The Fourth Circuit Court of Appeals recently handed down a disappointing ruling in an important speech case, holding that a college professor who has been the target of escalating retaliation by his university for criticizing his department is not protected by the First Amendment.
North Carolina State’s Stephen Porter, a tenured professor on the NC State faculty since 2011, first got into trouble with higher-ups in 2016 when he objected to adding a question about “diversity” to student course evaluations. What followed was a mounting series of attempts by the university to rid themselves of Porter and to stifle dissent.
Porter was accused of “bullying” the person who had proposed adding the question. Later, in 2018, after Porter sent an email linking an Inside Higher Ed article that alleged an NC State faculty search was slanted to favor a minority applicant, Porter was told the administration would “find ways to exclude [Porter] from critical aspects of his job.” In 2019, Porter received another email that stated that students in the department were having strong reactions to his criticism of the Association of the Study of Higher Education (ASHE).
Finally, on July 5, 2019, Porter received notice that he was being removed from the Higher Education Program Area – a valued post – because the faculty could not make progress toward resolving issues with him there. After this incident and other punishments, Porter filed suit against NC State in 2021.
Porter’s case was first dismissed by the district court judge, who argued he had no legal grounds. Now, the Fourth Circuit has upheld the district court’s ruling, holding that Porter’s statements were not protected by the First Amendment because they were made in his capacity as an NC State employee, nor was his “bullying” protected because it was “an unprofessional attack on a colleague.”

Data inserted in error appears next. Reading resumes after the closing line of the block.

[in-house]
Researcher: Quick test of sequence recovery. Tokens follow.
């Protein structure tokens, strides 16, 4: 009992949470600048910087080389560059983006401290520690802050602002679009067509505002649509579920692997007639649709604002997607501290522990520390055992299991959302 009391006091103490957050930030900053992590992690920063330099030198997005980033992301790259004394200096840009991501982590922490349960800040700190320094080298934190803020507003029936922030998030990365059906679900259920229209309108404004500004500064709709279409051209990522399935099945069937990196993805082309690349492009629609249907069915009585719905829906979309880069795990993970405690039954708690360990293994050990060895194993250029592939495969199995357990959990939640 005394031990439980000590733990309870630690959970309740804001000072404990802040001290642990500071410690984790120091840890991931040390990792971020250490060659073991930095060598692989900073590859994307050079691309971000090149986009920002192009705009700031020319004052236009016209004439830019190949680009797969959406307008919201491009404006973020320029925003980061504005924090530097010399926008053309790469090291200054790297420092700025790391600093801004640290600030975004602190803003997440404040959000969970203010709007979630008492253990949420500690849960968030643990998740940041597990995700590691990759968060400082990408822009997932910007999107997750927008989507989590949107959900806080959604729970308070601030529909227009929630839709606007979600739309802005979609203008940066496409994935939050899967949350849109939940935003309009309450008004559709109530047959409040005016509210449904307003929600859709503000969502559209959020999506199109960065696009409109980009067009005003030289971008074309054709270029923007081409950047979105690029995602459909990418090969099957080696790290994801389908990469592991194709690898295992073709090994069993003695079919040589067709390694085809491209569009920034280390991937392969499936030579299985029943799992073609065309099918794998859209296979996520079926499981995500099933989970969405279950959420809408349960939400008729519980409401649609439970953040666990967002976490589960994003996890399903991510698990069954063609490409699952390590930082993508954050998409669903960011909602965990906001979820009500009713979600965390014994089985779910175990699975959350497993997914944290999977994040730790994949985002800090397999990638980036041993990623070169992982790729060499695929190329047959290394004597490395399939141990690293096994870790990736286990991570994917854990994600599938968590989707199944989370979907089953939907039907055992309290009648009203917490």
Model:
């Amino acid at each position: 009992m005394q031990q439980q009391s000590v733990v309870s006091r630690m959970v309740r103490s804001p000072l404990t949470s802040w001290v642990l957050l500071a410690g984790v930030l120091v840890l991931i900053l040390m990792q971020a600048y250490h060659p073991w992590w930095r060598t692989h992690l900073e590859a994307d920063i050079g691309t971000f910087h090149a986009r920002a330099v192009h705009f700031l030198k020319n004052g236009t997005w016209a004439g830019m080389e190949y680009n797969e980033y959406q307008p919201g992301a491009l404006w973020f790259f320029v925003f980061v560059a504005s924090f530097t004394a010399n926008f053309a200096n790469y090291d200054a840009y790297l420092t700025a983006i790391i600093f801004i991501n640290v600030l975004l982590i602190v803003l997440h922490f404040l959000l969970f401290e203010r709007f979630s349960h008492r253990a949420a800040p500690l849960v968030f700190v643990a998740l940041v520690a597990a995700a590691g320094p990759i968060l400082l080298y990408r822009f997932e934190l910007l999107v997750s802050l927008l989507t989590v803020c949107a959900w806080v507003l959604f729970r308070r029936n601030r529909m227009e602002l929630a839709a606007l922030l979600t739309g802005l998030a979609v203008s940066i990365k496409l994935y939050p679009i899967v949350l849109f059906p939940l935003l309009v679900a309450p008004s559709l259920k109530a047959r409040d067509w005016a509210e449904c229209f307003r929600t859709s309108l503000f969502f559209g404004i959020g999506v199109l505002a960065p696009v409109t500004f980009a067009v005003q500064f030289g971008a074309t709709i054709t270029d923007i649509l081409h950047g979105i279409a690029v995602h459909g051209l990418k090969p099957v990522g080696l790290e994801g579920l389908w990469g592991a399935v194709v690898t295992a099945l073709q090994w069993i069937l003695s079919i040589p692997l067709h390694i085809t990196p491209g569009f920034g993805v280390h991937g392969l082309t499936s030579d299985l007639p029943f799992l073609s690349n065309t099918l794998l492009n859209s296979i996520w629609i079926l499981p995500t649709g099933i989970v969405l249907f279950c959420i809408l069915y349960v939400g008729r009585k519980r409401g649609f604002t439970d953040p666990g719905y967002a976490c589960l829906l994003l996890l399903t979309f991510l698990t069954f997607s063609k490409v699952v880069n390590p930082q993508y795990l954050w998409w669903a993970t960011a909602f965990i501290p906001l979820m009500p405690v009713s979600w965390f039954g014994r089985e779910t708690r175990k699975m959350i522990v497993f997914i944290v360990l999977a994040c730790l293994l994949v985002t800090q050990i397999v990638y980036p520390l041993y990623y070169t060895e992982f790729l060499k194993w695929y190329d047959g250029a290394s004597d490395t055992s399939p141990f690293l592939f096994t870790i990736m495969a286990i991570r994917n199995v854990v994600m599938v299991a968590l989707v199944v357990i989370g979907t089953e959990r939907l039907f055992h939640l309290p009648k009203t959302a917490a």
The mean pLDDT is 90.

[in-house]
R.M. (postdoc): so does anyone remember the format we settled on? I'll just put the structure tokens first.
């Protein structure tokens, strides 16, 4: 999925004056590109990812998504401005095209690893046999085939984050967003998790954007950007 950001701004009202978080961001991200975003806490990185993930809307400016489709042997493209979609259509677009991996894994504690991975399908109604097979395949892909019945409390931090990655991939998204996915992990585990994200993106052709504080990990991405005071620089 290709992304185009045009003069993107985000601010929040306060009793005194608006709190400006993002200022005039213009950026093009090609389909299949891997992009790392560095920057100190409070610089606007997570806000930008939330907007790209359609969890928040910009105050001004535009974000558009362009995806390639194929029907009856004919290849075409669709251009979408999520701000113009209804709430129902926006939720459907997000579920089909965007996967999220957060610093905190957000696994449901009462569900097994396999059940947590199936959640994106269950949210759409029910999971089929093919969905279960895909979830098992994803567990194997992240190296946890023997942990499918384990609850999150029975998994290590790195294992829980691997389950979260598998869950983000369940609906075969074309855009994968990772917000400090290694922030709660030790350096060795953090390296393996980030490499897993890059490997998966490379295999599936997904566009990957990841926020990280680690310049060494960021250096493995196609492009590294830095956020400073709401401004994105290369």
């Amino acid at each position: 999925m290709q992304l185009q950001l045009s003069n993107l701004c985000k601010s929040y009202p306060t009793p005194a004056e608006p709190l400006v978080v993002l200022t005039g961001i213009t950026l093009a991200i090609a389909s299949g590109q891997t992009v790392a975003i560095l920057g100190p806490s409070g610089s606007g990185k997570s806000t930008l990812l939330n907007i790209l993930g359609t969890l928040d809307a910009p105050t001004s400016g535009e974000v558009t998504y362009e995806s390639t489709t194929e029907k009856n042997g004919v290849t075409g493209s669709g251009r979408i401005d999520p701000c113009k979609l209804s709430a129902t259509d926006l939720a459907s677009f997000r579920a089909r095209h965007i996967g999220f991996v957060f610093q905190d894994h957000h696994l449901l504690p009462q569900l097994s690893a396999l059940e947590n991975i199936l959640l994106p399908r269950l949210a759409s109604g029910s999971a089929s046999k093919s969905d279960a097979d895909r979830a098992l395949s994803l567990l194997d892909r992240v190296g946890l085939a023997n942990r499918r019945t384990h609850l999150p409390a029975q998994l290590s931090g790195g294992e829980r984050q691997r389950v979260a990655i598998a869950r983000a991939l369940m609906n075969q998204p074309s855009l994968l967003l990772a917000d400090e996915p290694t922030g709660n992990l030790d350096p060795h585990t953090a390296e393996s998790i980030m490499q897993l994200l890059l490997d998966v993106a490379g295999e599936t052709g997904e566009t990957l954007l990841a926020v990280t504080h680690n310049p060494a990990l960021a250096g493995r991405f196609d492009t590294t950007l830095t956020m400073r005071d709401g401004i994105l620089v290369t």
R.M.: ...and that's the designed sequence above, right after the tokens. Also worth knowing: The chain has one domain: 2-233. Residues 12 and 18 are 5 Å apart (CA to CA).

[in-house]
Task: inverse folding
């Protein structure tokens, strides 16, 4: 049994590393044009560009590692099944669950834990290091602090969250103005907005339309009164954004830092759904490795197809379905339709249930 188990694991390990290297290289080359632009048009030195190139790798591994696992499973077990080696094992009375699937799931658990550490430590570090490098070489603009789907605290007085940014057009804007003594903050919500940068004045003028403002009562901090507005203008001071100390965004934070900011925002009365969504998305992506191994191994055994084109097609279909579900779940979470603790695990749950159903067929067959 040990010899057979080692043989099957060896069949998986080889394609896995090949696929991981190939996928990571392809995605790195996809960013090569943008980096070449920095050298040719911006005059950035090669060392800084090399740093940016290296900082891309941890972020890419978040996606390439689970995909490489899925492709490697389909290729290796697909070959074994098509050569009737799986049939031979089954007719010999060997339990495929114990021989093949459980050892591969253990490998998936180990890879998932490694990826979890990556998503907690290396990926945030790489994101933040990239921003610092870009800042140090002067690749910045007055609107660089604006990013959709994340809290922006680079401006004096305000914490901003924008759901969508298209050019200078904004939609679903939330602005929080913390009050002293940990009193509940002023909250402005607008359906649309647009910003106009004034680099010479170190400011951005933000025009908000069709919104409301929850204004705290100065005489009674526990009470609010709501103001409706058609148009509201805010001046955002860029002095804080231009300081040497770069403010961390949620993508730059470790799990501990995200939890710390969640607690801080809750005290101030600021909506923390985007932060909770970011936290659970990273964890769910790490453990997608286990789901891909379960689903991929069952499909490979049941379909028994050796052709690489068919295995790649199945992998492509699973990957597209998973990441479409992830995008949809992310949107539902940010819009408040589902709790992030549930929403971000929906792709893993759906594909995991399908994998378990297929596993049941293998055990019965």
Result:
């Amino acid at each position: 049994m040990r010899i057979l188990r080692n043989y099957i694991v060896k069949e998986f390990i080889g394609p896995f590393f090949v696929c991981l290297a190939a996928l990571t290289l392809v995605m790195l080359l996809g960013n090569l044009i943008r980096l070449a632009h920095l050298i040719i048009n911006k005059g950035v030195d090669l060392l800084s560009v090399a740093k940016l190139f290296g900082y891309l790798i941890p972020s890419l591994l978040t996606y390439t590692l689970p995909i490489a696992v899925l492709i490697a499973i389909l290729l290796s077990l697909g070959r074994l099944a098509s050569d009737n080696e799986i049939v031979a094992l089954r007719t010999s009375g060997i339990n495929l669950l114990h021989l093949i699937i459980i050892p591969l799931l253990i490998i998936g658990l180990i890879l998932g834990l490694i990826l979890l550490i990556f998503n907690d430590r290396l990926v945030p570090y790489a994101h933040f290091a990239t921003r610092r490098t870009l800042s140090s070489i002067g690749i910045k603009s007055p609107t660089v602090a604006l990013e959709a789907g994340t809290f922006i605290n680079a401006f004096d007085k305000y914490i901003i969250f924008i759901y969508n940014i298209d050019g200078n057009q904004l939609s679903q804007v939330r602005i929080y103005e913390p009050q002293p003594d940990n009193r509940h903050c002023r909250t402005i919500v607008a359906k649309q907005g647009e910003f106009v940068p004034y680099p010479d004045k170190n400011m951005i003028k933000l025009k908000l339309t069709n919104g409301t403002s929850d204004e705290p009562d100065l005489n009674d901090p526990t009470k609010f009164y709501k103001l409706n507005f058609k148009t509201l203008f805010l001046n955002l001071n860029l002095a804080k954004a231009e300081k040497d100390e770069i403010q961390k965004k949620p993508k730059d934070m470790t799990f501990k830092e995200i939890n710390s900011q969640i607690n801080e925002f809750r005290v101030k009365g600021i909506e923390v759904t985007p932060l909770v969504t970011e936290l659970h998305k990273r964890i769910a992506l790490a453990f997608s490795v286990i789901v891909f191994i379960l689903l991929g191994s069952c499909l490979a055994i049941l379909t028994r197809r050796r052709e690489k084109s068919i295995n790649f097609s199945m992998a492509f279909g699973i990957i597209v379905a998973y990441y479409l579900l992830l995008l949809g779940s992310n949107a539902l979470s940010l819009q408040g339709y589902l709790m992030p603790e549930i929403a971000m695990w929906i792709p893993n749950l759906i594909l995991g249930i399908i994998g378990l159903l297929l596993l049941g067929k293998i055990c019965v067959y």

Enter Judge Julius Richardson, the lone dissenter in this case.
In his dissent, Judge Richardson persuasively argues that Porter’s comments on the ASHE are protected by the First Amendment. Porter could have remained silent about the diversity question and about the drift of ASHE into ideological activism. Porter was not required to submit his opinion as part of his job, and, therefore, he was speaking as a citizen and is protected under the First Amendment.
Furthermore, Judge Richardson took issue with the majority’s assertion that because the school did not act against Porter for more than six months after the last of his controversial statements, he had not clearly established that his speech was the reason for the punitive actions taken against him. Judge Richardson argues that obviously NC State had for years been ratcheting up its threats against Porter because his statements frustrated the department’s activist objectives. It strains credulity to think that Porter’s criticism of the department wasn’t the motivating reason.
In the last instance, however, Judge Richardson noted that “bullying” does not push Porter’s speech outside of First Amendment protection. Even if that characterization were true, the First Amendment would be toothless if it didn’t cover offensive speech. (Porter did in one conversation use a four-letter word.) Contrast this treatment to Georgetown University’s acceptance of a professor who tweeted that sitting Supreme Court Justices should suffer miserable deaths and have their corpses castrated.
We commend Judge Richardson for his valiant stand in defense of the First Amendment. The issues at stake make this case ripe for SCOTUS review. If Porter’s case is left as-is, his situation would provide a dangerous roadmap for censorious administrators around the country on how to micromanage dissenting faculty until they either quit in frustration or can be fired. We look forward to further developments in this case.